The electronic dawn came precisely at 9 a.m., bathing the Orange Julius stand in a cool fluorescent glow and glistening off the designer frames in the counters at Royal Optical. Along three miles of hallway, 195 store managers began raising their Roll-O-Matic auto-shutters, and a platoon of cookie, corn dog and KarmelCorn purveyors lit their ovens.

To the swelling strains of "Oh, What a Beautiful Morning" on the Muzak, a new day was breaking at Southwest Plaza, an enormous pentagonal shopping mall that floats above a vast sea of suburban homes like the battleship New Jersey at a convention of canoes.

Before the end of the shopping day 13 hours later, about 30,000 people would pass through the Plaza, staying an average of 2.3 hours apiece. They would fill all 6,928 spaces in the sprawling asphalt parking lot, drop 150 pounds of pennies into the fountains around the mall's central "performance center," eat 1,000 Super Pretzels and purchase a half-million dollars' worth of goods and services ranging from diamonds to doorknobs, dental checkups to divorce settlements.

It was, in short, just another August day at the shopping mall, the place where much of America spends -- literally and figuratively -- its summer.

It is established sociological lore by now that giant shopping centers such as Southwest Plaza, a concrete hulk built in a style that might be called early airplane hangar, have become the social center of American life, the new Town Hall and Main Street, although Main Street would have to be 30 blocks long to hold all the shops and offices this center provides.

But to the retailing and service industries -- the fastest-growing sectors of the American economy -- the shopping center is first of all an amazing money machine, the most powerful marketing mechanism ever devised.

The ingenious secret of the American shopping center -- if anything that happens 30 million times a day can be said to be secret -- is a phenomenon deliberately designed into every mall. It has been called the "Gruen transfer" in honor of retailing visionary Victor Gruen, who conceived the notion 30 years ago, and it was visible on a recent morning at Southwest Plaza minutes after the center opened for the day.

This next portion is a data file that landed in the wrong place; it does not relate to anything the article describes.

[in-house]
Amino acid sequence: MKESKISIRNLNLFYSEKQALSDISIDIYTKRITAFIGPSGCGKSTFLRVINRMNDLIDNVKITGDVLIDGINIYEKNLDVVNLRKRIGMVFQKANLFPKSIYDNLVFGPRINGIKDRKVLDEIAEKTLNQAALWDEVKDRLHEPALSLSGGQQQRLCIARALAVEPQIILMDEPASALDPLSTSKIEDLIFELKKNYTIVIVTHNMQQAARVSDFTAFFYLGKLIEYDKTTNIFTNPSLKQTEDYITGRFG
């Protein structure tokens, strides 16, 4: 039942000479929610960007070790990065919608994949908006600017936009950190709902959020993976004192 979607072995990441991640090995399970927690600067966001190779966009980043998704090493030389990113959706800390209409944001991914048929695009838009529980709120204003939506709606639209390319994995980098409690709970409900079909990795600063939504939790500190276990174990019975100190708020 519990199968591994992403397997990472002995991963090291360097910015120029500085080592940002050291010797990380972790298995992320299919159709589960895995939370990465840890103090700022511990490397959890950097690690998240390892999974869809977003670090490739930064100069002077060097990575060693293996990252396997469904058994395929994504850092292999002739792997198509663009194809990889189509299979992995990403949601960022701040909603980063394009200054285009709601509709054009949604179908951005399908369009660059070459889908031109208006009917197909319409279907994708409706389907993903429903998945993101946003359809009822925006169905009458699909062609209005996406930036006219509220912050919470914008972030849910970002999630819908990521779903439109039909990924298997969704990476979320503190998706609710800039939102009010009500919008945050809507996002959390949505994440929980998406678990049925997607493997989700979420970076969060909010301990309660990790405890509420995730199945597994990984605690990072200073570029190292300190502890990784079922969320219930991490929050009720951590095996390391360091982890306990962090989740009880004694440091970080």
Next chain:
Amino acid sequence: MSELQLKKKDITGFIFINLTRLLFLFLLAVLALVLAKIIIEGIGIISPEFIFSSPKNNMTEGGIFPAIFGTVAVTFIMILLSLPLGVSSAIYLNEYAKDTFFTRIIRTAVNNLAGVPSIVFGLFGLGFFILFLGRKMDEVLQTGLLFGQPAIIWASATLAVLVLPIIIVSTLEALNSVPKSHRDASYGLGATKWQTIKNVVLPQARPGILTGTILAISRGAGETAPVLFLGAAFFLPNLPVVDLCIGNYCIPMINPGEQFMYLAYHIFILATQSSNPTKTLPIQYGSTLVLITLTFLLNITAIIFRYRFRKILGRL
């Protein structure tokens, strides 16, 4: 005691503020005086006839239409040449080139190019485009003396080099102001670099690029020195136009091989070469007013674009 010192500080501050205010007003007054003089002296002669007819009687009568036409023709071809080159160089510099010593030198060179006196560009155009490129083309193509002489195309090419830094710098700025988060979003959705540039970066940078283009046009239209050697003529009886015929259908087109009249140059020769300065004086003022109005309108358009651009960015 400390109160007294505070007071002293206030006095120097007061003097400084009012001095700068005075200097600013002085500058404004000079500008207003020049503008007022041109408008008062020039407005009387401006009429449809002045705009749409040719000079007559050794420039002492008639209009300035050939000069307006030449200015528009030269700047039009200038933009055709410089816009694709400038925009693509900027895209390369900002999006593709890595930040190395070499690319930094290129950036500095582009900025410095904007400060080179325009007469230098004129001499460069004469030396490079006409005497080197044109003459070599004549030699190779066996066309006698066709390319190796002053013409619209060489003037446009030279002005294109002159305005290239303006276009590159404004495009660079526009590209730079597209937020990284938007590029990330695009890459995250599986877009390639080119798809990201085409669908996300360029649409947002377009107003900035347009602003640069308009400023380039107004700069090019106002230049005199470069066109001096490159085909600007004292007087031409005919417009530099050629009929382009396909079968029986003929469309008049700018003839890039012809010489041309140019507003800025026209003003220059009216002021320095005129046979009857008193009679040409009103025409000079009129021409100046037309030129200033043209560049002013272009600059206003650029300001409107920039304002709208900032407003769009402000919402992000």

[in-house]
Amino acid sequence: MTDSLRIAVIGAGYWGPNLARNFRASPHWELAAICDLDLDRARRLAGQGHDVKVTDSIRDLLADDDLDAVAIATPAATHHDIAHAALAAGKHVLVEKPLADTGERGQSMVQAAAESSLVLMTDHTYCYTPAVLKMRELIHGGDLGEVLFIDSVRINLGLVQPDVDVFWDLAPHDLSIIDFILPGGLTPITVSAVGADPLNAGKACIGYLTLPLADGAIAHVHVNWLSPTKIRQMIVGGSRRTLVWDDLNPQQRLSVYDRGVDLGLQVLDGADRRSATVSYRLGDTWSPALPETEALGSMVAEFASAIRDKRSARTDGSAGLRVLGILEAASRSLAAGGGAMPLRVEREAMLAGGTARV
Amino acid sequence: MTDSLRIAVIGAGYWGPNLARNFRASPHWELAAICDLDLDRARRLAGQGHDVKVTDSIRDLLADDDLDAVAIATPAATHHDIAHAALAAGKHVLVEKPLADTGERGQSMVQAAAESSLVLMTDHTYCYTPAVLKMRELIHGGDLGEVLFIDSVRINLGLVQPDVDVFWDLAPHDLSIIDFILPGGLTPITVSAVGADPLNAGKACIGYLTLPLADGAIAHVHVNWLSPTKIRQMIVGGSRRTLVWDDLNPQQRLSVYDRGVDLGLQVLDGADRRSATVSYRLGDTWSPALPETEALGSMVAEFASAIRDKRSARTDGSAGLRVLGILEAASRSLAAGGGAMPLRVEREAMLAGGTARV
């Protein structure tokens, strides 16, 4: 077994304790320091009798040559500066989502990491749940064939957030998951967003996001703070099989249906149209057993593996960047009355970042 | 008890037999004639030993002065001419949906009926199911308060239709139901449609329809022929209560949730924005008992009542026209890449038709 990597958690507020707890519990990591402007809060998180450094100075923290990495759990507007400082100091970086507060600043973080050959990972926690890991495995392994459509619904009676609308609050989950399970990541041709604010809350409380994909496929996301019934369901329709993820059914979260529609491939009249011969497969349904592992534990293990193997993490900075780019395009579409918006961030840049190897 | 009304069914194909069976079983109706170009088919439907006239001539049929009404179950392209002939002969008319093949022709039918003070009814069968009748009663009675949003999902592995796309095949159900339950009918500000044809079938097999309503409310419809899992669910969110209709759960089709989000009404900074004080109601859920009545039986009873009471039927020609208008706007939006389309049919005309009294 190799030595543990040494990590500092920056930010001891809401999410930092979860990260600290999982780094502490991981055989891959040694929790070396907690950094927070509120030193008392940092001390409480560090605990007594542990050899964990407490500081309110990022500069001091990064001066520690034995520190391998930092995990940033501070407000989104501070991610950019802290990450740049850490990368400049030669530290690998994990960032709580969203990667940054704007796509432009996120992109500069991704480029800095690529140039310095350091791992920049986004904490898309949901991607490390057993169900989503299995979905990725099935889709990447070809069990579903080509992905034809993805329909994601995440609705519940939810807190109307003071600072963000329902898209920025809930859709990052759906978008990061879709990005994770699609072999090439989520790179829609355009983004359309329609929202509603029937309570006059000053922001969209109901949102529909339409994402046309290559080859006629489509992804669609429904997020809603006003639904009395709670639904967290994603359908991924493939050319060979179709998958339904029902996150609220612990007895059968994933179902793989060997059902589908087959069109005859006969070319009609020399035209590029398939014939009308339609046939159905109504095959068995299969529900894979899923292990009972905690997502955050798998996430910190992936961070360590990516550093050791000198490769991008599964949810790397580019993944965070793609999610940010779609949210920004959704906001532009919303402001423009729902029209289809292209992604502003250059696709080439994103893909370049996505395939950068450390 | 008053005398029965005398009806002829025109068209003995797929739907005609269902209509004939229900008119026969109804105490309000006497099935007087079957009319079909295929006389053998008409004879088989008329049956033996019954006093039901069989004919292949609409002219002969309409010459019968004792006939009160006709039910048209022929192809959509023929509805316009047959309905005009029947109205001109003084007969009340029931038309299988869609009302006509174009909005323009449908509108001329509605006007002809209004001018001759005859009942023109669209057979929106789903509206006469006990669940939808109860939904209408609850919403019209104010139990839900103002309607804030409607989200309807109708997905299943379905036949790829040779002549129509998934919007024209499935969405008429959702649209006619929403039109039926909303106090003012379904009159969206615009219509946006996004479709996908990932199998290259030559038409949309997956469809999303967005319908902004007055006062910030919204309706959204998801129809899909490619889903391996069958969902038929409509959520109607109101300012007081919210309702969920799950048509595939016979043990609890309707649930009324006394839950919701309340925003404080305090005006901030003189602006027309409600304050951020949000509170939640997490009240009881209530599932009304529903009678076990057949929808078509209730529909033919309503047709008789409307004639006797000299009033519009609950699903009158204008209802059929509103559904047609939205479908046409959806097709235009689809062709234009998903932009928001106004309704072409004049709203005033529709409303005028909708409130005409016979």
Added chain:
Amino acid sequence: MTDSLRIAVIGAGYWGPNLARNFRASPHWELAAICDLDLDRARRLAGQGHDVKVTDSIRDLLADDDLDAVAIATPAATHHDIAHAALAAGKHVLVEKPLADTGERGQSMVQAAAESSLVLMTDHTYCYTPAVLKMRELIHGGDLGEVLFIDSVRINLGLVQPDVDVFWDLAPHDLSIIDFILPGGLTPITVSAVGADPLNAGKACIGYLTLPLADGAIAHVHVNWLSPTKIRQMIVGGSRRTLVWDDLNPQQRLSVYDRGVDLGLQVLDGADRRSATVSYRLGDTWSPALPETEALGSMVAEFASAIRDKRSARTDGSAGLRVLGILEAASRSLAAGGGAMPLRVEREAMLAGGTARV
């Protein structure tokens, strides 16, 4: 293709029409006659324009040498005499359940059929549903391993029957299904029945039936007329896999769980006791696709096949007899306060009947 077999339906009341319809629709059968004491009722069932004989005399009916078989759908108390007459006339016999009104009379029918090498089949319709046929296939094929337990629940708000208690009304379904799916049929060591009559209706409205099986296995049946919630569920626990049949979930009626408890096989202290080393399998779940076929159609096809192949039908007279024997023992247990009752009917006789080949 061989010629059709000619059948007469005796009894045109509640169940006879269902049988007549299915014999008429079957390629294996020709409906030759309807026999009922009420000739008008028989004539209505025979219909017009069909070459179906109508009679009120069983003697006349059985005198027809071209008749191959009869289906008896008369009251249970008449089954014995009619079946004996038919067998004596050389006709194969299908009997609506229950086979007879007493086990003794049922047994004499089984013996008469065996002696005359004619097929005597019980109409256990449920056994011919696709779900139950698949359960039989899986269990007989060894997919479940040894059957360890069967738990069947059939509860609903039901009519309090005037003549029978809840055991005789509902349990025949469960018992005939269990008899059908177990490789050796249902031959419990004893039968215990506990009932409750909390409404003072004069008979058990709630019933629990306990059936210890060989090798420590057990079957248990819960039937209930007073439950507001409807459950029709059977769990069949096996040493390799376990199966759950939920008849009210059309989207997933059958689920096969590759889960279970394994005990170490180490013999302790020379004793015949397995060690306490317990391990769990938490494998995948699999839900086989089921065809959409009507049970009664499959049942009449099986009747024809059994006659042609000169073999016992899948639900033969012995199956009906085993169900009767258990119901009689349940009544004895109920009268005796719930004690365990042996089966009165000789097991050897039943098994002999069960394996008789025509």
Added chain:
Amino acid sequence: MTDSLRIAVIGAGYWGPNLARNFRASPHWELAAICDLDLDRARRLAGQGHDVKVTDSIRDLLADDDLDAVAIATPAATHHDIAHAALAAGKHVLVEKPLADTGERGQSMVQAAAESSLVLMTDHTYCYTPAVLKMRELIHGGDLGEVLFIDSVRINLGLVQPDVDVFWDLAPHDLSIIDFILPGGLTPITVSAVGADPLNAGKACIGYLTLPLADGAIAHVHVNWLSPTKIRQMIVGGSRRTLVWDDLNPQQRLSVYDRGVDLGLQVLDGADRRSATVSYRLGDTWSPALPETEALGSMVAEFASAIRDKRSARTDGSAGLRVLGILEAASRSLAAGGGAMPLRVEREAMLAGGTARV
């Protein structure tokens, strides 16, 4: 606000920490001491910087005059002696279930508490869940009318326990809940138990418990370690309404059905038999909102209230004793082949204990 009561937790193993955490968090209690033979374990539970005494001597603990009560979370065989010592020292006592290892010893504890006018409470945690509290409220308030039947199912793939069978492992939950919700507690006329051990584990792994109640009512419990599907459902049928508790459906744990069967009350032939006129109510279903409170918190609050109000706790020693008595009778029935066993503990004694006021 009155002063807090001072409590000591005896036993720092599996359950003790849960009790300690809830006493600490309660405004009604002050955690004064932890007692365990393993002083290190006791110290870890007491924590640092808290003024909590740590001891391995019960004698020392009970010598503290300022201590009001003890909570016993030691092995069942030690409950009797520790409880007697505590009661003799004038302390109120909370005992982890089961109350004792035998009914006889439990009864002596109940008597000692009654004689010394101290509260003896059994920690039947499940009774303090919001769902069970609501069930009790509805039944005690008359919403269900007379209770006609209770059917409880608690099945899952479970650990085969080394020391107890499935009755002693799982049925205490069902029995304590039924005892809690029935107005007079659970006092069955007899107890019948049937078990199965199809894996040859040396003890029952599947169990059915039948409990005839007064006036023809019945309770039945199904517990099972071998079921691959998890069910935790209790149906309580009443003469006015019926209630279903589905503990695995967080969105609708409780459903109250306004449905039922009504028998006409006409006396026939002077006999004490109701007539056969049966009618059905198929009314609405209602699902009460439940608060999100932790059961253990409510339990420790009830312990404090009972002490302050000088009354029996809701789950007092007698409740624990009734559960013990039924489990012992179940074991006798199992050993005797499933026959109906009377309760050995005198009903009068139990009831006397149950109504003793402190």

A young woman wearing pink pedal pushers and tugging two small children marched rapidly down the corridor, resolutely ignoring the petting zoo, the Dairy Cream, the Radio Shack and the House of Suede as she headed directly for Kinney's Shoes.

In marketing parlance, she was clearly a "destination shopper" -- a consumer who had come to the mall with a specific purchase in mind.

But the woman could not find all the shoes she needed at Kinney's. So she set off toward one of the mall's other shoe stores -- a trip that took her past dozens of other merchants.

Suddenly, she veered into Hickory Farms; from there, she moved down the corridor to Waldenbooks. By the time she arrived at the next shoe store, her arms were full of purchases, and each child was lapping at an ice-cream cone. Setting Up the 'Impulse' Gantlet

Just as Gruen intended, the woman had been transformed from a "destination shopper" to an "impulse shopper" -- precisely the metamorphosis about which mall designers dream.

"See, we put one shoe store here and another way over there," explained Marcella Cain, Southwest Plaza's exuberant young operations manager. "We want you to pass 35 more stores between the two. Hopefully, you'll drop 30 or 40 more bucks along the way . . . . A destination shopper turns into an impulse shopper."

Until very recently, it was all but holy writ in the shopping-center business that the key to this phenomenon was size: big malls with long corridors lined with lots of stores to create and feed the shopper's appetite.

The apotheosis of that theory is represented by the malls known as "super-regionals" -- White Flint and Tysons Corner are Washington-area examples -- with three or more major department stores as "anchor" tenants and more than 150 shops and service outlets.

"Bigger is better" is clearly the watchword here at Southwest Plaza, a super-regional with five major department stores, five movie theaters, 190 other retail outlets, an office tower housing dozens of lawyers, doctors, dentists and social workers and a string of three smaller peripheral malls that have sprung up on the edge of the 123-acre complex like suburbs sprawling outward from a city's limits.

It offers about 1.5 million square feet of shopping area -- roughly equivalent to 108 floors of the Empire State Building.

It has not two, not 10, but 18 shoe stores -- "I can't believe it, but every one of them is making a profit," said mall manager Dale Flowers -- and well over two dozen women's clothing outlets. Its 31 eateries offer such novelties as a cookie the size of a hubcap for $14.

According to traditional shopping mall theory, the second key to impulse sales is a proper "tenant mix." The International Council of Shopping Centers, a New York-based trade association, issues detailed formulas telling mall managers how many jewelers, book shops, pet stores, candy counters and whatnot to put on each floor. Tinkering With the 'Tenant Mix'